United Airlines has today become the first of the “big three” US airlines to require passengers to complete a health self-assessment during the check-in process.
United Airlines’ new health checklist
As of today, United Airlines customers will have to complete a health self-assessment during the check-in process. This is based on guidance from the Cleveland Clinic, Centers for Disease Control and Prevention, and the World Health Organization. This will ask customers to confirm that they haven’t experienced any COVID-19 related symptoms in the 14 days prior to flying.
Customers checking in through the United mobile app, united.com, or through a United kiosk, will have to click “Accept” to indicate that they have reviewed the checklist. Customers checking in with an agent will need to provide verbal acknowledgement after reviewing the checklist.
This new checklist includes the following:
- You must wear a face covering while on board for the safety of everyone
- You have not been diagnosed with COVID-19 in the last 21 days, and have not experienced any of the following symptoms in the past 14 days (excludes symptoms from a pre-existing condition):
- Temperature of 38 C/100.4 F or higher
- Shortness of breath/difficulty breathing
- Muscle pain
- Sore throat
- Recent loss of taste or smell
- You have not been denied boarding by another airline due to a medical screening for a communicable disease in the last 14 days
- You have not had close contact with someone who tested positive for COVID-19 in the last 14 days
What happens if you can’t agree to these requirements?
United Airlines customers who are not able to confirm these requirements and choose not to travel will be able to reschedule their flight. United says that “customers may also choose to check-in at the airport for further review,” though no further information is given as to what that would look like.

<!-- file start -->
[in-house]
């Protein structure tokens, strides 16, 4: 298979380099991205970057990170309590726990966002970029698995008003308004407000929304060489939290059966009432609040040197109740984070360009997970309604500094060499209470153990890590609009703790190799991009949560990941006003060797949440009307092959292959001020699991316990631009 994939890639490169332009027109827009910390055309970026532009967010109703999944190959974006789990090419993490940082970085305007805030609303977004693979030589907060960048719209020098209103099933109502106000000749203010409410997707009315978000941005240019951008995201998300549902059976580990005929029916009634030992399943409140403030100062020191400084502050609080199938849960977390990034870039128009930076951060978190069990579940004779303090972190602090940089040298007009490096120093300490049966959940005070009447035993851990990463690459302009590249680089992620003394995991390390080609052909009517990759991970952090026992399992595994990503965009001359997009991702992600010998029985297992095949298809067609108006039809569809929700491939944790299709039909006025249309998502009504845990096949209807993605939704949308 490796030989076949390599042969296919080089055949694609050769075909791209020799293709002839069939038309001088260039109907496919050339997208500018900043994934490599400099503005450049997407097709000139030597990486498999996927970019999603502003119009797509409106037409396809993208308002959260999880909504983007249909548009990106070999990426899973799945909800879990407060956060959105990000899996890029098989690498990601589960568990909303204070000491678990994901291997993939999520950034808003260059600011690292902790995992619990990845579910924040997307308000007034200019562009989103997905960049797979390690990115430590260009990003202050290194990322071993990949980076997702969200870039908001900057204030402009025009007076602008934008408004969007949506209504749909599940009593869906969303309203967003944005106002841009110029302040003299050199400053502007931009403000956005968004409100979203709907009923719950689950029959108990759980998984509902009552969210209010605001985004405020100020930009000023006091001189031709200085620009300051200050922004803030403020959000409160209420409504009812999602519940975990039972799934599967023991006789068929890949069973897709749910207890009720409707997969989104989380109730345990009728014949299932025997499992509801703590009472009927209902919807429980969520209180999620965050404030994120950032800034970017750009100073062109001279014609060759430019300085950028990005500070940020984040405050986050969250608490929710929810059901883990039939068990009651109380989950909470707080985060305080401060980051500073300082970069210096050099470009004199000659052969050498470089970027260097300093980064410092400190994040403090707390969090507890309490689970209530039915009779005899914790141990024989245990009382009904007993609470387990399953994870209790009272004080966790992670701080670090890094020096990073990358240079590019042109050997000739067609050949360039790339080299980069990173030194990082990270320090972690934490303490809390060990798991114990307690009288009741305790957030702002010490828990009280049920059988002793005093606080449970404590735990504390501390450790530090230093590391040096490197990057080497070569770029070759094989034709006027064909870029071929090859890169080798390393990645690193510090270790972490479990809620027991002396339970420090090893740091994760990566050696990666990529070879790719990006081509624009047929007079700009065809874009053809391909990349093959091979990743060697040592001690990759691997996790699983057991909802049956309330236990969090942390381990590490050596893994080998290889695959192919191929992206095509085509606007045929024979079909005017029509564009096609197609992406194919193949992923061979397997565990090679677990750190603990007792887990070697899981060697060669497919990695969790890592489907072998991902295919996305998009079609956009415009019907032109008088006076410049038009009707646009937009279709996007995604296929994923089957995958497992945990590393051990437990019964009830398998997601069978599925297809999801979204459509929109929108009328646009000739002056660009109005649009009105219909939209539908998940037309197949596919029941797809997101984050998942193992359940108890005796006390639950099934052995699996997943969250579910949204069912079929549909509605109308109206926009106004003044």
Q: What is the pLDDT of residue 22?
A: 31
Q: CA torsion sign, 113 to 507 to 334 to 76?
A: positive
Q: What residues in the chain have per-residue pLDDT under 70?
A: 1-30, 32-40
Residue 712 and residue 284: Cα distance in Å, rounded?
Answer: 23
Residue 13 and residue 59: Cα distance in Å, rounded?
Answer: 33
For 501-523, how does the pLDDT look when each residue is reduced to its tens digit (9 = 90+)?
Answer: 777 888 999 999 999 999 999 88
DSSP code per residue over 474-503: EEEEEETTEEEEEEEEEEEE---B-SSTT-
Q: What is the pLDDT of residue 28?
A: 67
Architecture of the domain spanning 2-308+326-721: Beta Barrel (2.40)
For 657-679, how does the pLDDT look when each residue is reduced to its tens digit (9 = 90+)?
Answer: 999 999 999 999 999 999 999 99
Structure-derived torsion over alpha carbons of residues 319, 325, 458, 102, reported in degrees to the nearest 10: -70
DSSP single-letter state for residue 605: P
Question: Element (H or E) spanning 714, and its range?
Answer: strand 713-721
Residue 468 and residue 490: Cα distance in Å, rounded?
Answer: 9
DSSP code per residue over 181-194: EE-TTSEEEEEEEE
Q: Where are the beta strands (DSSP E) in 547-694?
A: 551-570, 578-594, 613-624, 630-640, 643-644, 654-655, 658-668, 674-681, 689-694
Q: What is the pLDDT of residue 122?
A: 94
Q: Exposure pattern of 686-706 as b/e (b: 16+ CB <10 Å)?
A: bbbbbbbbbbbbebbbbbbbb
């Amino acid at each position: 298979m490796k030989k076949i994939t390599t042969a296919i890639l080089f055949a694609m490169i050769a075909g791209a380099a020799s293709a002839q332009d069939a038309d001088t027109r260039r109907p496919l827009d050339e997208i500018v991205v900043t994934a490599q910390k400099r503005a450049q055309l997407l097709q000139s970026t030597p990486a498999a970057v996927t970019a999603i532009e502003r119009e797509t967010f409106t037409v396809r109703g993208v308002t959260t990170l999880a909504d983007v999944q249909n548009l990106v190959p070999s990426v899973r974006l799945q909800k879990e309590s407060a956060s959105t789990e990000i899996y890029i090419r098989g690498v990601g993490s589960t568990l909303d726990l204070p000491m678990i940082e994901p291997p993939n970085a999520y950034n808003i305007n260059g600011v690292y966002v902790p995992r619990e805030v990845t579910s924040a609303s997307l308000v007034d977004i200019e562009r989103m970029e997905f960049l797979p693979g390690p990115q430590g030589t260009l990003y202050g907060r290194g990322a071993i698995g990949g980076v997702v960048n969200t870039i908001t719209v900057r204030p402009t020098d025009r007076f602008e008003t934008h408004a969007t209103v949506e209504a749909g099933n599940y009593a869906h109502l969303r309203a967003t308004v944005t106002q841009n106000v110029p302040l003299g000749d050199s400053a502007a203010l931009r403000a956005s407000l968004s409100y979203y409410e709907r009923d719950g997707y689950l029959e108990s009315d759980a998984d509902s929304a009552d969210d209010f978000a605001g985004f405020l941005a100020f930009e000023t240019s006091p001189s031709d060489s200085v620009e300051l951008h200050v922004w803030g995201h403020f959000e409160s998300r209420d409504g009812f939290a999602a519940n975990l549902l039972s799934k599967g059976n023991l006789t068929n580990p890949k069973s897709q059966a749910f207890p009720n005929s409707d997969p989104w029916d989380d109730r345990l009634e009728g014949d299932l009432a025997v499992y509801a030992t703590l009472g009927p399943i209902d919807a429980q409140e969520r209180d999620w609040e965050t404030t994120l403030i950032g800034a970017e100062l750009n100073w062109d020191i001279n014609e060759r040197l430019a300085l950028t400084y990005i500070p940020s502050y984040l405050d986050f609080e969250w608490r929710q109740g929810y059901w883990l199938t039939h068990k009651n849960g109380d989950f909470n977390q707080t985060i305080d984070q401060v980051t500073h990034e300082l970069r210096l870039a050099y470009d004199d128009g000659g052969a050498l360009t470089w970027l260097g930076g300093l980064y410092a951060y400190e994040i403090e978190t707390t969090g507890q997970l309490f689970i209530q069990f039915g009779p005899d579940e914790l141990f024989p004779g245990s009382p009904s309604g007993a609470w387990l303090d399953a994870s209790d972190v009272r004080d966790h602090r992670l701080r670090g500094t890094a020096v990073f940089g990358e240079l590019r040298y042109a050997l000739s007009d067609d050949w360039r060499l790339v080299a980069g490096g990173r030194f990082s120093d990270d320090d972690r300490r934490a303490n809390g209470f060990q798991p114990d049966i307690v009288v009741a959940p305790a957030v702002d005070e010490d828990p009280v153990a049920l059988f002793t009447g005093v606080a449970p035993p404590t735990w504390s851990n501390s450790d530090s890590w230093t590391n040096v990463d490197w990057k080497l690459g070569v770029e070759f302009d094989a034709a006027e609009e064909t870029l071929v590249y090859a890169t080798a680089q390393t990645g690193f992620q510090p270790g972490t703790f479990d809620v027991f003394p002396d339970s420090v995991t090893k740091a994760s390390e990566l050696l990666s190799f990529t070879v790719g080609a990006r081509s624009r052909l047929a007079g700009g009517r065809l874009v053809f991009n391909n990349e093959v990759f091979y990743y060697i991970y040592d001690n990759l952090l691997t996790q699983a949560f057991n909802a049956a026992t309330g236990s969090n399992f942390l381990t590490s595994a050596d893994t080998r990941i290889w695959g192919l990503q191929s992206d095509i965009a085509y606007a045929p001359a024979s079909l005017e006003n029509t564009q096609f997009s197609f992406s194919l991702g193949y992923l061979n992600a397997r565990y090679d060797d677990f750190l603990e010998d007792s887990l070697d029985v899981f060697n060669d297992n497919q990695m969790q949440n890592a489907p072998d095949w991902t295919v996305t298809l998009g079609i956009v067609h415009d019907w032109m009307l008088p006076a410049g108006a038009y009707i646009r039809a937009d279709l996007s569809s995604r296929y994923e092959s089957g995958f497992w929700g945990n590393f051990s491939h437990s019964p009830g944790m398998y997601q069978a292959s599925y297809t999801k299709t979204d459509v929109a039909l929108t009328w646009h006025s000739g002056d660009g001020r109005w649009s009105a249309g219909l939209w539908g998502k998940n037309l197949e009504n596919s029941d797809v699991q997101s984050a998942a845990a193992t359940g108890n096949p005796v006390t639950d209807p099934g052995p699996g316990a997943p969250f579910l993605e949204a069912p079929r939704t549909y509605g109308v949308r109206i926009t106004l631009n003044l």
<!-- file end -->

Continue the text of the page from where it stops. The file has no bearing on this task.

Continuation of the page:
Security theater, or useful?
For years when checking in for flights in many regions we’ve been asked whether we’ve packed our own bags, whether our bags have been in our sight the entire time, etc. I’ve always viewed that as being security theater, so how does this compare?
I have conflicting thoughts:
- This is useful if we assume that people both read the acknowledgement and also aren’t aware of the symptoms of COVID-19
- Presumably if people were aware of the symptoms of COVID-19 and still showed up for their flight, they have no problem endangering others, and also would be willing to lie during check-in
- I have questions about aspects of the list, like having to acknowledge you don’t have muscle pain; if you have muscle pain from a workout, it sounds like you technically shouldn’t be allowed to fly (though I’m guessing most people would focus on the intent rather than the exact details of the form)
- Given the controversy surrounding wearing masks on a plane, perhaps it’s smart to get people to acknowledge that they’ll abide by that requirement
While United Airlines isn’t the first US airline to have a health acknowledgement form, they are the first of the “big three.” Expect that you’ll be asked to acknowledge these terms during check-in, and if you aren’t able to do so, you may not be allowed to fly.
Do you view this health acknowledgement form as pure theater, or as potentially useful?